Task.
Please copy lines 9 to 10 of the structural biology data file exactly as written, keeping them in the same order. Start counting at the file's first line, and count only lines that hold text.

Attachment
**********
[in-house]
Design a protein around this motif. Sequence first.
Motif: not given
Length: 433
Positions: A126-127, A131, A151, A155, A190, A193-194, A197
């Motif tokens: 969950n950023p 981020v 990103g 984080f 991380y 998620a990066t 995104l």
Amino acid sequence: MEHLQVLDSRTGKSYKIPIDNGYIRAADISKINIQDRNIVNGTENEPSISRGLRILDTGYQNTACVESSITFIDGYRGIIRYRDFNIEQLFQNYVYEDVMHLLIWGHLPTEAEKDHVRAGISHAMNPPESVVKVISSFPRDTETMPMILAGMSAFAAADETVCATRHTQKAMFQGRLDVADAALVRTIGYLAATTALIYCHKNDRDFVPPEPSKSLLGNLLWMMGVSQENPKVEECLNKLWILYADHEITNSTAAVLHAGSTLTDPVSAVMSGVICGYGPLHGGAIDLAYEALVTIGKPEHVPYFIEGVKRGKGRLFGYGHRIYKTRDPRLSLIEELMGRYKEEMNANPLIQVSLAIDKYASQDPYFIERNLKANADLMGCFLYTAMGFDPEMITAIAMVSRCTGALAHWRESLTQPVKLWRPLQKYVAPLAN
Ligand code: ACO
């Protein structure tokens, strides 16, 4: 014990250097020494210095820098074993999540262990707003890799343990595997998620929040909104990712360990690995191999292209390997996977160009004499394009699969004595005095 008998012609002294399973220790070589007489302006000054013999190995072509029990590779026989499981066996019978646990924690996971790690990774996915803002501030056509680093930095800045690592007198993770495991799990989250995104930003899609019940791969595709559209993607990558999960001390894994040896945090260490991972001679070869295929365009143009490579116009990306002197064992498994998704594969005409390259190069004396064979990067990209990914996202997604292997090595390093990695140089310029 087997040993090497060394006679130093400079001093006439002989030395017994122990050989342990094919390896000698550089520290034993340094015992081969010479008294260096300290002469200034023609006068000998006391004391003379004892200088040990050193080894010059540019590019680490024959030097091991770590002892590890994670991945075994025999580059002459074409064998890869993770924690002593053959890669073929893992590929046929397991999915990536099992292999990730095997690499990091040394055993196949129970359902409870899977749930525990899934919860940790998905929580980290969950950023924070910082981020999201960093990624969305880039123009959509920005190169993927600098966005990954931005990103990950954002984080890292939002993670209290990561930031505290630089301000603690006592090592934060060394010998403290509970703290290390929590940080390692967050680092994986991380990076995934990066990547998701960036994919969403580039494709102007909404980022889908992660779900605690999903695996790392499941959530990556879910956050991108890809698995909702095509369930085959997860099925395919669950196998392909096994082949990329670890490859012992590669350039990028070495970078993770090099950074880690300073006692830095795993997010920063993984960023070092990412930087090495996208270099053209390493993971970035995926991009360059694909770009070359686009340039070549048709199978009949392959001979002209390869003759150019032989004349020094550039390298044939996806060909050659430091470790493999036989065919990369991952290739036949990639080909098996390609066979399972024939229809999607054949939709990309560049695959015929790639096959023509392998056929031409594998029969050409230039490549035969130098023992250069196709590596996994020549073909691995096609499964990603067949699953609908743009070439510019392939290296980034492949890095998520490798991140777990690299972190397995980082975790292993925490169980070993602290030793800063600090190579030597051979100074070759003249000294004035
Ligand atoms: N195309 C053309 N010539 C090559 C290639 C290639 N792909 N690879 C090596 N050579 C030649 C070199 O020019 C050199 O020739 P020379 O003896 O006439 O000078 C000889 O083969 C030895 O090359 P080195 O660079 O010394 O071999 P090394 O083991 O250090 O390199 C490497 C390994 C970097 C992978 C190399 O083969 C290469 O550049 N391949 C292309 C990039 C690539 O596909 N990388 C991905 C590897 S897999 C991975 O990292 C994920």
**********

């Protein structure tokens, strides 16, 4: 014990250097020494210095820098074993999540262990707003890799343990595997998620929040909104990712360990690995191999292209390997996977160009004499394009699969004595005095 008998012609002294399973220790070589007489302006000054013999190995072509029990590779026989499981066996019978646990924690996971790690990774996915803002501030056509680093930095800045690592007198993770495991799990989250995104930003899609019940791969595709559209993607990558999960001390894994040896945090260490991972001679070869295929365009143009490579116009990306002197064992498994998704594969005409390259190069004396064979990067990209990914996202997604292997090595390093990695140089310029 087997040993090497060394006679130093400079001093006439002989030395017994122990050989342990094919390896000698550089520290034993340094015992081969010479008294260096300290002469200034023609006068000998006391004391003379004892200088040990050193080894010059540019590019680490024959030097091991770590002892590890994670991945075994025999580059002459074409064998890869993770924690002593053959890669073929893992590929046929397991999915990536099992292999990730095997690499990091040394055993196949129970359902409870899977749930525990899934919860940790998905929580980290969950950023924070910082981020999201960093990624969305880039123009959509920005190169993927600098966005990954931005990103990950954002984080890292939002993670209290990561930031505290630089301000603690006592090592934060060394010998403290509970703290290390929590940080390692967050680092994986991380990076995934990066990547998701960036994919969403580039494709102007909404980022889908992660779900605690999903695996790392499941959530990556879910956050991108890809698995909702095509369930085959997860099925395919669950196998392909096994082949990329670890490859012992590669350039990028070495970078993770090099950074880690300073006692830095795993997010920063993984960023070092990412930087090495996208270099053209390493993971970035995926991009360059694909770009070359686009340039070549048709199978009949392959001979002209390869003759150019032989004349020094550039390298044939996806060909050659430091470790493999036989065919990369991952290739036949990639080909098996390609066979399972024939229809999607054949939709990309560049695959015929790639096959023509392998056929031409594998029969050409230039490549035969130098023992250069196709590596996994020549073909691995096609499964990603067949699953609908743009070439510019392939290296980034492949890095998520490798991140777990690299972190397995980082975790292993925490169980070993602290030793800063600090190579030597051979100074070759003249000294004035
Ligand atoms: N195309 C053309 N010539 C090559 C290639 C290639 N792909 N690879 C090596 N050579 C030649 C070199 O020019 C050199 O020739 P020379 O003896 O006439 O000078 C000889 O083969 C030895 O090359 P080195 O660079 O010394 O071999 P090394 O083991 O250090 O390199 C490497 C390994 C970097 C992978 C190399 O083969 C290469 O550049 N391949 C292309 C990039 C690539 O596909 N990388 C991905 C590897 S897999 C991975 O990292 C994920």